Some of those seeking an alternative turned to animism for inspiration. David Abram is a good example. David spoke at the same seminar I attended, so while I drew from his work for inspiration, I needed to take a fresh perspective on animism. My PhD research into embodied knowing (2008) has proved to be a deep well of inspiration, and again it nurtured my thinking. I mentioned animism in my thesis, noting a relationship between embodiment and animism but I didn’t follow the thread. Curiously, animism kept cropping up in my subsequent work. The spirit of animism was stalking me, appearing like a shadow glimpsed in the forest that vanishes when the sun emerges from the clouds. Animism features in Embodied Eco-Paganism (2013) and crops up again in The Knowing Body: Eco-Paganism as an Embodying Practice (2016). It’s also a theme in my conversation with the improvisational movement artist Stephanie Gottlob (2022). But in all these previous engagements with animism, I’d missed a profound insight: “Animism isn’t about what is believed but how the world is experienced”.

bare trees in the early morning mist

The idea that animism is a belief system comes from Edward Tylor, an anthropologist working in late 19th century England. Tylor invented the term ‘animism’ to describe a ‘primitive’ type of religion, a childish and mistaken worldview that confused inanimate matter with living beings. Tylor couldn’t have got it more wrong: what he called ‘animism’ isn’t a primitive religion and certainly isn’t confused! Most importantly, animism isn’t about what you believe; it’s about how you relate to the world. Tim Ingold characterizes animism as “a condition of being alive to the world, characterized by a heightened sensitivity and responsiveness, in perception and action, to an environment that is always in flux” (2006).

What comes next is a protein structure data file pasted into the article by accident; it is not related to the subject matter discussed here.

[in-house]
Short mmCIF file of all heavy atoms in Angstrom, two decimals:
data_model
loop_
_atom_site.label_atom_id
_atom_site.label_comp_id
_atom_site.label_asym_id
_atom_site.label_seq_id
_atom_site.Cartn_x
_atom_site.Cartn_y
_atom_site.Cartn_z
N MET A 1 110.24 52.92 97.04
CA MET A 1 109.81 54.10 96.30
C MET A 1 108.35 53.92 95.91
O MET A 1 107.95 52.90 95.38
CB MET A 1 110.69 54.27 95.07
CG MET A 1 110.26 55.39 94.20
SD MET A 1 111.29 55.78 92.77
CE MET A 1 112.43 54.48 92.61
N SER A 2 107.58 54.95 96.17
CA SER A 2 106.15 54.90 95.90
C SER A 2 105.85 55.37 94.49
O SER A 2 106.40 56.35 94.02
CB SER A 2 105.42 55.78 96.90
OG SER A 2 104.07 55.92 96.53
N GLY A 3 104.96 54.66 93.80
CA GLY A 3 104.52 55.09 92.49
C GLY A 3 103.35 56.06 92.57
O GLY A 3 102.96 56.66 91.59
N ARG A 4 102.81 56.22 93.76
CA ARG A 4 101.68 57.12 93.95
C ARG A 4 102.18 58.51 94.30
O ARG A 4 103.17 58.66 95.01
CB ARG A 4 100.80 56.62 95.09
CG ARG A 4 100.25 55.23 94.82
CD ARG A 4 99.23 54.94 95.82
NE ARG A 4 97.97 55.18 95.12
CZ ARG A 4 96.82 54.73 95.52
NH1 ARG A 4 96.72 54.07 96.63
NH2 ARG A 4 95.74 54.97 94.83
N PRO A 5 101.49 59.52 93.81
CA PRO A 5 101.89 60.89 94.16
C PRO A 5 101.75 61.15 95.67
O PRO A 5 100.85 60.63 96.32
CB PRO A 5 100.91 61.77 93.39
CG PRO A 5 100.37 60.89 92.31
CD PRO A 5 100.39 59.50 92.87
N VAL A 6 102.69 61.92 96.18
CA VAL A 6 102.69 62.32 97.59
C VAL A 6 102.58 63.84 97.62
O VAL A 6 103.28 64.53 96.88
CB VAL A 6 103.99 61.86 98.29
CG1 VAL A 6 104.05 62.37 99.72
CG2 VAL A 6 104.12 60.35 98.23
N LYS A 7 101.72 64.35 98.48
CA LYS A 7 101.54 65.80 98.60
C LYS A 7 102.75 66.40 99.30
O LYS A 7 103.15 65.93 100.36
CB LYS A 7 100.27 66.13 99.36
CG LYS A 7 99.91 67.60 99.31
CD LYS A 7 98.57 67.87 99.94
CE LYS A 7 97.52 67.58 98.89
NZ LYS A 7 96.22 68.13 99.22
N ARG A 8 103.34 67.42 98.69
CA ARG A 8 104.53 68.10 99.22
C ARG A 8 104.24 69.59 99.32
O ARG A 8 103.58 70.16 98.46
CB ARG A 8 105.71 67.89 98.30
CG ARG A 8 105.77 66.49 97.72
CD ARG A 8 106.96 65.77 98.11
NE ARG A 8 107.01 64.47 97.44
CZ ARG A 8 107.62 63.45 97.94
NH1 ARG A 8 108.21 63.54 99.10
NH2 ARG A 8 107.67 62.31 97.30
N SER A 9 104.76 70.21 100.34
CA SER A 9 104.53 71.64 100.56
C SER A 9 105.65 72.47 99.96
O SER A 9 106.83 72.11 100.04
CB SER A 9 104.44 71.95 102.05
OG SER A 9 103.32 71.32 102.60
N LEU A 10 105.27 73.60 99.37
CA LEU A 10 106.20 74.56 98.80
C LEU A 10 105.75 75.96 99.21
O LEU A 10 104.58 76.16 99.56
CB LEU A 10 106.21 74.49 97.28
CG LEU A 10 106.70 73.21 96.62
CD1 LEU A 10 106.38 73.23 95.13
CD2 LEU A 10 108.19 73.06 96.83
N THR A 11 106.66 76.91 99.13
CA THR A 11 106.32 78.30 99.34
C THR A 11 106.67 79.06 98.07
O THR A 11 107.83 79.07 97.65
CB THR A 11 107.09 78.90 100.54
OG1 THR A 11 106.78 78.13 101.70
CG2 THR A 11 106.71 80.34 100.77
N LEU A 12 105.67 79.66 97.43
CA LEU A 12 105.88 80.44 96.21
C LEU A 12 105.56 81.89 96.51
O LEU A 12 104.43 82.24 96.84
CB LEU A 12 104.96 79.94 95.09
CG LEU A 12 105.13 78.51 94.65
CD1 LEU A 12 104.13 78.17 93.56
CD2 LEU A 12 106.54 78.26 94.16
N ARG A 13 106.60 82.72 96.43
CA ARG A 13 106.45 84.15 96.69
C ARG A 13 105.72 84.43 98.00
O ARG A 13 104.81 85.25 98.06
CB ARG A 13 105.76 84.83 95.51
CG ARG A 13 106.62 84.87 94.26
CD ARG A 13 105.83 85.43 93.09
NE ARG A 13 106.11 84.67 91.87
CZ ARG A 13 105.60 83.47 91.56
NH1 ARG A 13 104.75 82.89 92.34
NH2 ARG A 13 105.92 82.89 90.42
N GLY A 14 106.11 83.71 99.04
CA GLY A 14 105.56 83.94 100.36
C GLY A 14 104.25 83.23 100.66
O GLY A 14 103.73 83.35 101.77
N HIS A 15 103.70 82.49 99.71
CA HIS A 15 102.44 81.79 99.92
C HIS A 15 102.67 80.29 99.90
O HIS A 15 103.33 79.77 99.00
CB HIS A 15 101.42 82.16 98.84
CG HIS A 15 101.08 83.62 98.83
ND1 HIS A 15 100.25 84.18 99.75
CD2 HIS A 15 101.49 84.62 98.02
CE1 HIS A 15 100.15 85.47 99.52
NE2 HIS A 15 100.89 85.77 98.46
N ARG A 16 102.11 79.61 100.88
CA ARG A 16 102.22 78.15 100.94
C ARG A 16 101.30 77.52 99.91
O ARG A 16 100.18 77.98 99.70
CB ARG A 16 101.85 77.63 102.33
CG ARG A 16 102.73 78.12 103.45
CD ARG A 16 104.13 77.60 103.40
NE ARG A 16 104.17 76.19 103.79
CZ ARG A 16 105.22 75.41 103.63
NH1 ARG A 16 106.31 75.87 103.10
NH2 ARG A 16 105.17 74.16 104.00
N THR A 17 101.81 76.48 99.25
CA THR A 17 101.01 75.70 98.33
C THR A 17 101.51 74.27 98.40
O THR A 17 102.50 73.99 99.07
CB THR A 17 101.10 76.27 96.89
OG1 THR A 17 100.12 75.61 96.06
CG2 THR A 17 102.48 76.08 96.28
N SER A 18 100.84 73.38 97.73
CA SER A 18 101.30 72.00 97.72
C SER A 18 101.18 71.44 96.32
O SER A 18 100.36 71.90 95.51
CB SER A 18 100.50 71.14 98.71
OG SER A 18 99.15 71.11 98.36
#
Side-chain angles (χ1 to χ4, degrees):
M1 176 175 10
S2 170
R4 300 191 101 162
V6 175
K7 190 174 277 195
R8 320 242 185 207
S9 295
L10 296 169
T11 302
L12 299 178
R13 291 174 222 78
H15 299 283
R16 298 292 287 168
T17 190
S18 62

I concluded that it “can best be understood as an embodied way of knowing that underpins how people live practically in the world; hunting, farming, navigating etc.” (Harris, 2023). Once we grasp that animism is an embodied way of knowing, our perspective shifts 180 degrees. Tylor wasn’t capable of understanding animism because he was blinkered by the intellectual framework of 19th-century England. There’s a lot to value in that tradition, but like any viewpoint it’s restricted, which brings us back to my critique of Modernity. My main issue with Modernity is that it believes it’s the only framework that can make sense of the world, so it literally can’t see any aspect of reality that doesn’t fit within its confines.

Animism helps illuminate many of the themes I’ve explored in this blog: ecopsychology, ecosomatics, embodied ecology, the power of place, psychedelics, activism and more. It offers a powerful alternative to Modernity and if we can drop into an embodied animist way of knowing we may yet find our way through the Anthropocene.

The Embodied Pathways of Connection: A Presentation